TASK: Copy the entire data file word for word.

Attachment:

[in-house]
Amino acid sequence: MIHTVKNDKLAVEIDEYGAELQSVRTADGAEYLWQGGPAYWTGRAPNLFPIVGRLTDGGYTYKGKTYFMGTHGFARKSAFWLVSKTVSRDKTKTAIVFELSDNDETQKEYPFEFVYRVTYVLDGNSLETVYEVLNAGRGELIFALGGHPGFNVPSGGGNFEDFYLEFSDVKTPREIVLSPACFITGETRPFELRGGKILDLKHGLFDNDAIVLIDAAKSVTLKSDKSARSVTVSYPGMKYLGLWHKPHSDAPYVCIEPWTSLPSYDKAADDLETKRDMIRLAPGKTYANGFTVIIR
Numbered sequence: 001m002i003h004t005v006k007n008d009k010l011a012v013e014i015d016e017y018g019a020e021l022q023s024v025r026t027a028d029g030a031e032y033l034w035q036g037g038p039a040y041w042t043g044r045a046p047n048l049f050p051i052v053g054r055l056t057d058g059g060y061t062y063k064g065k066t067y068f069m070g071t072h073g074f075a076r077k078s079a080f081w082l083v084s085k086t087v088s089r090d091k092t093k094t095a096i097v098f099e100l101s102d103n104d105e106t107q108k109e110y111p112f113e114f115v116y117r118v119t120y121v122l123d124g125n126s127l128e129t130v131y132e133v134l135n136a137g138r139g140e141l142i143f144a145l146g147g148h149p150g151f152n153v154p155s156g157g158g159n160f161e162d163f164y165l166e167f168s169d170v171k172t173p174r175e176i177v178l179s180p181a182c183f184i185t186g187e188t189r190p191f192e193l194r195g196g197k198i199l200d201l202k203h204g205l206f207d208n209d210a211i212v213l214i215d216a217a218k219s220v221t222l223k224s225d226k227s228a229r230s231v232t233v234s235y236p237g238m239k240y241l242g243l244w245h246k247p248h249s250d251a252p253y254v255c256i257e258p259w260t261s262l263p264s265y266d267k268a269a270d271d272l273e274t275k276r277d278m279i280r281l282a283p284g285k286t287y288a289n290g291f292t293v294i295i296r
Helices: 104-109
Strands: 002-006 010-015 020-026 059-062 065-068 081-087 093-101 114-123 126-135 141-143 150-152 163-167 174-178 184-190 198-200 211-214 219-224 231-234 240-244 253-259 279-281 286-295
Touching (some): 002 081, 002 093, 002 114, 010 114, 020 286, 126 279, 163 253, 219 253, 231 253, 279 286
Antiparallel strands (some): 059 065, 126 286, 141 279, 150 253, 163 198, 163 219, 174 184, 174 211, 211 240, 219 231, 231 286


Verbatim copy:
[in-house]
Amino acid sequence: MIHTVKNDKLAVEIDEYGAELQSVRTADGAEYLWQGGPAYWTGRAPNLFPIVGRLTDGGYTYKGKTYFMGTHGFARKSAFWLVSKTVSRDKTKTAIVFELSDNDETQKEYPFEFVYRVTYVLDGNSLETVYEVLNAGRGELIFALGGHPGFNVPSGGGNFEDFYLEFSDVKTPREIVLSPACFITGETRPFELRGGKILDLKHGLFDNDAIVLIDAAKSVTLKSDKSARSVTVSYPGMKYLGLWHKPHSDAPYVCIEPWTSLPSYDKAADDLETKRDMIRLAPGKTYANGFTVIIR
Numbered sequence: 001m002i003h004t005v006k007n008d009k010l011a012v013e014i015d016e017y018g019a020e021l022q023s024v025r026t027a028d029g030a031e032y033l034w035q036g037g038p039a040y041w042t043g044r045a046p047n048l049f050p051i052v053g054r055l056t057d058g059g060y061t062y063k064g065k066t067y068f069m070g071t072h073g074f075a076r077k078s079a080f081w082l083v084s085k086t087v088s089r090d091k092t093k094t095a096i097v098f099e100l101s102d103n104d105e106t107q108k109e110y111p112f113e114f115v116y117r118v119t120y121v122l123d124g125n126s127l128e129t130v131y132e133v134l135n136a137g138r139g140e141l142i143f144a145l146g147g148h149p150g151f152n153v154p155s156g157g158g159n160f161e162d163f164y165l166e167f168s169d170v171k172t173p174r175e176i177v178l179s180p181a182c183f184i185t186g187e188t189r190p191f192e193l194r195g196g197k198i199l200d201l202k203h204g205l206f207d208n209d210a211i212v213l214i215d216a217a218k219s220v221t222l223k224s225d226k227s228a229r230s231v232t233v234s235y236p237g238m239k240y241l242g243l244w245h246k247p248h249s250d251a252p253y254v255c256i257e258p259w260t261s262l263p264s265y266d267k268a269a270d271d272l273e274t275k276r277d278m279i280r281l282a283p284g285k286t287y288a289n290g291f292t293v294i295i296r
Helices: 104-109
Strands: 002-006 010-015 020-026 059-062 065-068 081-087 093-101 114-123 126-135 141-143 150-152 163-167 174-178 184-190 198-200 211-214 219-224 231-234 240-244 253-259 279-281 286-295
Touching (some): 002 081, 002 093, 002 114, 010 114, 020 286, 126 279, 163 253, 219 253, 231 253, 279 286
Antiparallel strands (some): 059 065, 126 286, 141 279, 150 253, 163 198, 163 219, 174 184, 174 211, 211 240, 219 231, 231 286